- Take personal responsibility. Make sure you wear the right clothing and footwear. Make sure you bring the right gear. Stay on the designated trail at all times. Put safety before selfies. Don’t endanger yourself or others. Think about the first responders who will have to risk their lives to save yours.
- Give people plenty of space and respect for all consumers of nature. That includes your fellow hiker, wildlife, park/forest staff, and nature. Practice Leave No Trace at all times. Pack out what you pack in. Leave it better than you found it. Be situationally aware of your surroundings.
- Take care of yourself and respect your safety and needs. Don’t do something more difficult than you can handle. Don’t try to out-hike your physical and mental abilities. Stay hydrated and fueled while chasing waterfalls. Protect yourself and your gear. Know your limits and make the right decisions.
Additional Waterfall Safety Tips to Consider
Here are some additional waterfall safety tips to consider before you chase waterfalls and during your hike, too.
- Don’t use drugs or alcohol. It can impair your ability to remain safe.
- Don’t climb on rocks or nature to get a better shot. It could lead to your demise.
- Everything will be slippery. Even things that look dry are often slippery.
- Don’t lean on anything if falling can be deadly. Trees break. Rocks move. Signs snap.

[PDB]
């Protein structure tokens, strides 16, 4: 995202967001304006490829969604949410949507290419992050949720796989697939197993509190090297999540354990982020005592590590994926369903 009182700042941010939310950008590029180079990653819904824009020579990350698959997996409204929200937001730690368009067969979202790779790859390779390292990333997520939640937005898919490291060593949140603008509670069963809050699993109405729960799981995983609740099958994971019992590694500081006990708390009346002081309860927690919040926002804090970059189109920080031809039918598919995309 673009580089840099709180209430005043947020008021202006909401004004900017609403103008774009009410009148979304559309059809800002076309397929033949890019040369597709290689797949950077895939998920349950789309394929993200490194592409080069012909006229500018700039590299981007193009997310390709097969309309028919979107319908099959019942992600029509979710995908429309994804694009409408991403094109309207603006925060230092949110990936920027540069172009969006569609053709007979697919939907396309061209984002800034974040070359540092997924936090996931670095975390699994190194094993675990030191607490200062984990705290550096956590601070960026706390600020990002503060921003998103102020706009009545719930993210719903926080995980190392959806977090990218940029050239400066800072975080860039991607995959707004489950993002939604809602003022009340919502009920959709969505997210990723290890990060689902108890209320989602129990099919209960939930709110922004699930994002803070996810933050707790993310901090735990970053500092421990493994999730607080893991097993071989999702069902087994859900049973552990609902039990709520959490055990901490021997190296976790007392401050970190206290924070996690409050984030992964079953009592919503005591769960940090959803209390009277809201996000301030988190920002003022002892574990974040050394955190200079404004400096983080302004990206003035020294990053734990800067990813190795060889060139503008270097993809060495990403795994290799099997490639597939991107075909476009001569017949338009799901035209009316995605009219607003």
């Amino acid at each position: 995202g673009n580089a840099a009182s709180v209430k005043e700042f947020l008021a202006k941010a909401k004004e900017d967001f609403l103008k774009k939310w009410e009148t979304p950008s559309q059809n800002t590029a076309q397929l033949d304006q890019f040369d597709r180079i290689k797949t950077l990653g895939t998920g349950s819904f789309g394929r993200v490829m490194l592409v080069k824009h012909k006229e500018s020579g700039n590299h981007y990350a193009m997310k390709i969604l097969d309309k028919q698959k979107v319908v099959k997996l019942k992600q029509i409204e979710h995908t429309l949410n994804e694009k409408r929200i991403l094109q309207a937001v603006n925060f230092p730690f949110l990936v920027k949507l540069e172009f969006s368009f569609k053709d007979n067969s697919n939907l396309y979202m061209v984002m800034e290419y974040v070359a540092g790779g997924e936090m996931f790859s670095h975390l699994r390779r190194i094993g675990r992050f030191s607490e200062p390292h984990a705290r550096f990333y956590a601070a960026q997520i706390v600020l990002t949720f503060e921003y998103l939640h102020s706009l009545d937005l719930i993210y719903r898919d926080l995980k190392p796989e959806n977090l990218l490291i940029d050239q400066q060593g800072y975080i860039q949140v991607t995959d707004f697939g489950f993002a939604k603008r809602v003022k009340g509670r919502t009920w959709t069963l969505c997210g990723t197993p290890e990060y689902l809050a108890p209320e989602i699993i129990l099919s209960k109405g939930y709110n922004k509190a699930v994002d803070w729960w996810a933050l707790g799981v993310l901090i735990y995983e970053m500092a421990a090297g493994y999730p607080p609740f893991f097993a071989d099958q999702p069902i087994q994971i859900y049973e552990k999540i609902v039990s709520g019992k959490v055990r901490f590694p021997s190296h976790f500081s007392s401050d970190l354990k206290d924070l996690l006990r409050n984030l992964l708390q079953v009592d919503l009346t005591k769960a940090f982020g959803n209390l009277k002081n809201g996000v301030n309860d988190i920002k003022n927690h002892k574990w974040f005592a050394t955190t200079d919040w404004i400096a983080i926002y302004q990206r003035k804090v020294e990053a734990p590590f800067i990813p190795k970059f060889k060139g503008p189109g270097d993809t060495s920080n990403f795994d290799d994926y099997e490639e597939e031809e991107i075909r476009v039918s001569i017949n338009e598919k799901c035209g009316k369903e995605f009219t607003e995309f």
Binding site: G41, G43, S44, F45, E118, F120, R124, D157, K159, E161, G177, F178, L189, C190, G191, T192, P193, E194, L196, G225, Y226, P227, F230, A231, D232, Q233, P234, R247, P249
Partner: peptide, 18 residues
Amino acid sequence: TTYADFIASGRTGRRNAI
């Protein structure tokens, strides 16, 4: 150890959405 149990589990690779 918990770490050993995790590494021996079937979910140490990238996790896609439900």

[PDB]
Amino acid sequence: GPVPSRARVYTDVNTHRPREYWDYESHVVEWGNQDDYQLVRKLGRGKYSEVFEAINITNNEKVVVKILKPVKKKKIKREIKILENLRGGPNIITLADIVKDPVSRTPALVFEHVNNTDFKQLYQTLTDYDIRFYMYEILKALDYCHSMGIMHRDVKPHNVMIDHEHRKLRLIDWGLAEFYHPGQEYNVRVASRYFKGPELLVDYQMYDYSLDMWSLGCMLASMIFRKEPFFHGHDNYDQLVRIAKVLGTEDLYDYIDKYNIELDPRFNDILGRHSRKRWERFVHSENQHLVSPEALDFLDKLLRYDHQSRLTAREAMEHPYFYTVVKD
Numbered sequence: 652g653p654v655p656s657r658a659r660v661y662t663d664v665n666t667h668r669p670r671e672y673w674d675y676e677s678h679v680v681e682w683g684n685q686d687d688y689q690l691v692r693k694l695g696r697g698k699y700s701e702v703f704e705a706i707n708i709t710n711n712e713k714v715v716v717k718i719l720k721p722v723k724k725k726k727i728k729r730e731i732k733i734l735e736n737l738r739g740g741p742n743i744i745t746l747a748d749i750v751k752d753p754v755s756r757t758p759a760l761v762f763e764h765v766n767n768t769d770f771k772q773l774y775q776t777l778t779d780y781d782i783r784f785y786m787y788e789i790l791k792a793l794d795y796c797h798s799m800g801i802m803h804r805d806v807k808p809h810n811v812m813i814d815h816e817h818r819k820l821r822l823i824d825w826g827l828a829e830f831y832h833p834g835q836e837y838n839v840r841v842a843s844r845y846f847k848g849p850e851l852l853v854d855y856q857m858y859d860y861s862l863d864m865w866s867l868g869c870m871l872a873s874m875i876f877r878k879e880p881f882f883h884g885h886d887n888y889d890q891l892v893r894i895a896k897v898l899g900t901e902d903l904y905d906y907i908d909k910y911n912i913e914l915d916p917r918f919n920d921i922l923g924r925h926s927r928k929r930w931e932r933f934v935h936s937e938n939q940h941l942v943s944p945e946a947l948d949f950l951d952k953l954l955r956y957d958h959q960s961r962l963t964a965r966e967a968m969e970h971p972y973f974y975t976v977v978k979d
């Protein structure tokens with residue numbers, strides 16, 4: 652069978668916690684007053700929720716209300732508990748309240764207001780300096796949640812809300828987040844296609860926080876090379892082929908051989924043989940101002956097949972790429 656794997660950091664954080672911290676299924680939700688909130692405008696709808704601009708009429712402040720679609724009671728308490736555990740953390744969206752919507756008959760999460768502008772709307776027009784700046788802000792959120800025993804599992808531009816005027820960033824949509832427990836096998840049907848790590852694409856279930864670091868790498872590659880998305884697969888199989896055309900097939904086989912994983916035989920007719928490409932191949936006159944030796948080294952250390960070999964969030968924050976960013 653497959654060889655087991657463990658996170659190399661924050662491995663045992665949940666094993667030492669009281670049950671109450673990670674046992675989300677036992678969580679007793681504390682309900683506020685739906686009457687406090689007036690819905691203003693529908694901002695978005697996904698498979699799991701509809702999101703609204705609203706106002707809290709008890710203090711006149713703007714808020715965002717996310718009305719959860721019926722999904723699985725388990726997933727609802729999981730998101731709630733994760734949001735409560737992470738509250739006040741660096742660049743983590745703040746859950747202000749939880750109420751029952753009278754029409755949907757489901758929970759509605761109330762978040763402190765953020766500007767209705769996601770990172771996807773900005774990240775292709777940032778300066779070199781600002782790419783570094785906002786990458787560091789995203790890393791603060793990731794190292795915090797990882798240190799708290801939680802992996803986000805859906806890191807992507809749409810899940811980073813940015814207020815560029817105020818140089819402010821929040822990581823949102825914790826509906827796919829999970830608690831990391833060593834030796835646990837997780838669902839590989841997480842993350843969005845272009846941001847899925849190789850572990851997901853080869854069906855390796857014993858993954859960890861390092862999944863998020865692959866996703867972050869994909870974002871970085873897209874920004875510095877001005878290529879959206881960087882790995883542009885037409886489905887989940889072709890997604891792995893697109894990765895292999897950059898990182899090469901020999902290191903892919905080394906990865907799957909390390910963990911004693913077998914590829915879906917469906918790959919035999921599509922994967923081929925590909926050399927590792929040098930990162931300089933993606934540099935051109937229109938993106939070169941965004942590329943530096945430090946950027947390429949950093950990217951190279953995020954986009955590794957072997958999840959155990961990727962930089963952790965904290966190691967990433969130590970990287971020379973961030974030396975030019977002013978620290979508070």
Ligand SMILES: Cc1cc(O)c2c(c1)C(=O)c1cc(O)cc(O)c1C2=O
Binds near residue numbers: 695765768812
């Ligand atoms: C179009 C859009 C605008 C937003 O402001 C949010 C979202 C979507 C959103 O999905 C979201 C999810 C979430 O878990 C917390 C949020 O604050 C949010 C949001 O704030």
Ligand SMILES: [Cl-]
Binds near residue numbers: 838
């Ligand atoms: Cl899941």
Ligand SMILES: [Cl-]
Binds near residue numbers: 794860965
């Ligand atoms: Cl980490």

- Don’t play in the water above the waterfall. This is the area most people fall from.
- Swimming and wading are typically fine. Just do it in areas away from the waterfall hazards.
- Consider how remote an area is and how hard it would be for first responders to get to.
- Most waterfall areas don’t have mobile reception. That means you might not be able to call 911.
- Consider your balance. You might need to use trekking poles to help you move around.
- Watch your kids and pets. They’re typically not watching for their safety.
- Don’t cross rushing water. It doesn’t take much to sweep you off your feet.
- Use your better judgment. If it looks unsafe, it is likely unsafe.
Waterfall safety is easy to accomplish. It doesn’t matter if the waterfalls are running or frozen. If you start your hike with safety in mind, you can easily survive the adventure without any negative incidents. Leave the waterfall with good memories, not bad injuries. Please subscribe to my free monthly newsletter for more hiking safety tips.
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Thanks again for checking out another one of my articles and until next time, I’ll see you on the trail!
Founder, Hiking with Shawn
Howdy folks! My name is Shawn Gossman and I founded Hiking with Shawn. I’m an avid hiker, cyclist and outdoorsman here in the Shawnee National Forest. I was born and raised in Southern Illinois and never want to leave. Click here to learn more about Shawn Gossman